Six months on, Space Ape's Simon Hade reflects on his predictions for 2016

Why he still expects to see a Chinese dev hit Western top 20

Six months on, Space Ape's Simon Hade reflects on his predictions for 2016

Back in January 2016, Space Ape CEO Simon Hade revealed three of the most significant mobile gaming trends he expected over the coming year.

Now, following the launch of Space Ape's third game Transformers: Earth Wars - conveniently timed just as we approach the midway point of the year - reminds him of his predictions to see if he stands by them.

Half-time analysis

The first of Hade's three predictions in January was brands driving CPIs.

He wrote:

“CPIs will continue to rise... driven at least equally by big brands moving more of their digital brand budget to channels previously owned by the performance marketers, and as a result majority of new entrants on the charts will be well executed games with well known IPs.”

This was a popular prediction for 2016, and it's widely acknowledged to have come true. It's unlikely that Hade will have U-turned on this, then, especially as Space Ape has just launched a game that leverages the Transformers IP.

“Every month, there's more and more money flowing into the good quality ad channels,” he reflects.

“Anecdotally, looking at your Facebook feed, two years ago it was all games. Now you see more software, services, eCommerce... so the cost of acquisition is definitely being driven up by brand advertisers.”

Games as brands

No surprises there, then. However, when it comes to 'brands', Hade is thinking more broadly.

“We see brands coming to gaming not just in the sense of taking an IP, like you see Marvel, Star Wars, and soon Transformers in top grossing - but also Clash Royale. That's a brand play,” he says.

Building on the Clash brand

Mobile Strike from Machine Zone, they built a brand. Increasingly, you see brand thinking in all of the games' marketing, and that comes in a bunch of different formats.”

It's really hard to build a brand as a startup making your first game.
Simon Hade

This ties directly into another of Hade's January predictions, which was that startups will struggle as funding becomes more scarce and publishing deals more common.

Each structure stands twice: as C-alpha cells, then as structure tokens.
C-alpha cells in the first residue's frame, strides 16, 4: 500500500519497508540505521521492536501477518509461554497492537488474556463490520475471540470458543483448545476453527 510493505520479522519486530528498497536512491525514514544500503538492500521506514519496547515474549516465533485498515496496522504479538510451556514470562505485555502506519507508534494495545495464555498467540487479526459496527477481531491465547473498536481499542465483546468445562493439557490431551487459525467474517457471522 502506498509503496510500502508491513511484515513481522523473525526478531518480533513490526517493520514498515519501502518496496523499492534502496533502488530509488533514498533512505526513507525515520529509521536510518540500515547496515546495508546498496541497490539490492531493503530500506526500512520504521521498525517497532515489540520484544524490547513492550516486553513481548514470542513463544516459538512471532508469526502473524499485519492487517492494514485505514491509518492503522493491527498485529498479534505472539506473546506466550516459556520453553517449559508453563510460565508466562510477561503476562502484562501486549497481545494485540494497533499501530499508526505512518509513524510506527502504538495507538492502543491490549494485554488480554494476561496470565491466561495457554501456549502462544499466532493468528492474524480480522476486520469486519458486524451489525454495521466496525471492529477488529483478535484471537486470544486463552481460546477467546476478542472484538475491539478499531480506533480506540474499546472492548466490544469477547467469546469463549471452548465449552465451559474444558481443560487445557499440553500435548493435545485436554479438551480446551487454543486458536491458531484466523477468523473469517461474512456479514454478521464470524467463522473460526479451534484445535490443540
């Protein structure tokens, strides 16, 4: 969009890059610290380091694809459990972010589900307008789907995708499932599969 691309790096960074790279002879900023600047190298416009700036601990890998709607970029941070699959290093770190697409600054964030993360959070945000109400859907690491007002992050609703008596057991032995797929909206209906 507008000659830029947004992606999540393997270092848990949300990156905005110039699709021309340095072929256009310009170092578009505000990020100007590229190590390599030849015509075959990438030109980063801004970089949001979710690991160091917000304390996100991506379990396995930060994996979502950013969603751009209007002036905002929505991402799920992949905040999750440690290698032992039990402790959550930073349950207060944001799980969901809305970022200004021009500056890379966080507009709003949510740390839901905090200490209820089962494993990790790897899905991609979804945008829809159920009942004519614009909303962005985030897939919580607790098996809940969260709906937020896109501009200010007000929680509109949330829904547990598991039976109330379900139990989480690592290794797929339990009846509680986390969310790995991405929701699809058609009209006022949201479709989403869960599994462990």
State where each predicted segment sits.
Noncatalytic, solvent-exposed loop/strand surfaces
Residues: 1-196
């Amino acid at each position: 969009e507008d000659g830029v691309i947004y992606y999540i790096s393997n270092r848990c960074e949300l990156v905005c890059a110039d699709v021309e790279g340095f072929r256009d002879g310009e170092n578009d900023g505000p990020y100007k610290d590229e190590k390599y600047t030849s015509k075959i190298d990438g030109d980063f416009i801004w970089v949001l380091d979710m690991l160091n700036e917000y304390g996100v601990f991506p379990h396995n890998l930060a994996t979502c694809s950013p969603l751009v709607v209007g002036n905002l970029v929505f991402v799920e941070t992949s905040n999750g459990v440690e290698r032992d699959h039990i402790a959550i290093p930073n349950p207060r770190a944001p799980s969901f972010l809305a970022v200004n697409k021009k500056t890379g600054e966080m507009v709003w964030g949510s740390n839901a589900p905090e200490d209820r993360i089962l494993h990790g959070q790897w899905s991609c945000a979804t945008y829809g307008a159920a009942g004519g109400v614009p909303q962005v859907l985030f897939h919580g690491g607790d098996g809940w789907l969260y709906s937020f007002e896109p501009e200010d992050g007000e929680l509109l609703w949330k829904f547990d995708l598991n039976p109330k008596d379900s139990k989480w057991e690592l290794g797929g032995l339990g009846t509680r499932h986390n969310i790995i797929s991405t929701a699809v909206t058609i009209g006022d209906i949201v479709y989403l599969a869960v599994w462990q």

He also hinted that we'd see more M&A activity as a result. Again, he sticks by his original prediction today.

“In the last six months we've seen quite a few high-profile acquisitions, so I think we'll continue to see more of that activity, driven by the need to build a brand,” he considers.

“By definition, that's really hard to do as a startup making your first game. So I think we'll see more of that throughout the year, with the King-Activision deal obviously being a big deal in the last six months.”

East meets West

The third, final, and most questionable of Hade's January predictions was that “at least one Chinese game and one Chinese developer will break into top 20 in the West.”

This hasn't happened yet, but Hade believes that there are signs of it coming.

“I think we definitely will see it,” he says.

“We're still seeing games like Summoners War [Korean RPG which has done $500 million in sales] and other Eastern games do well, and some of the games that have come out recently definitely use mechanics that are popular in China and Korea.”

“So I don't think we've yet seen a Chinese developer really break in - I think there are one or two in the top 30 - but I think there will be more of them.”

A lot can change in 6 months, and perhaps Simon Hade will be able to reflect in January 2017 on a clean sweep on three accurate 2016 predictions.

For now, we'll have to wait and see.

Features Editor

Matt is really bad at playing games, but hopefully a little better at writing about them. He's Features Editor for, and has also written for lesser publications such as IGN, VICE, and Paste Magazine.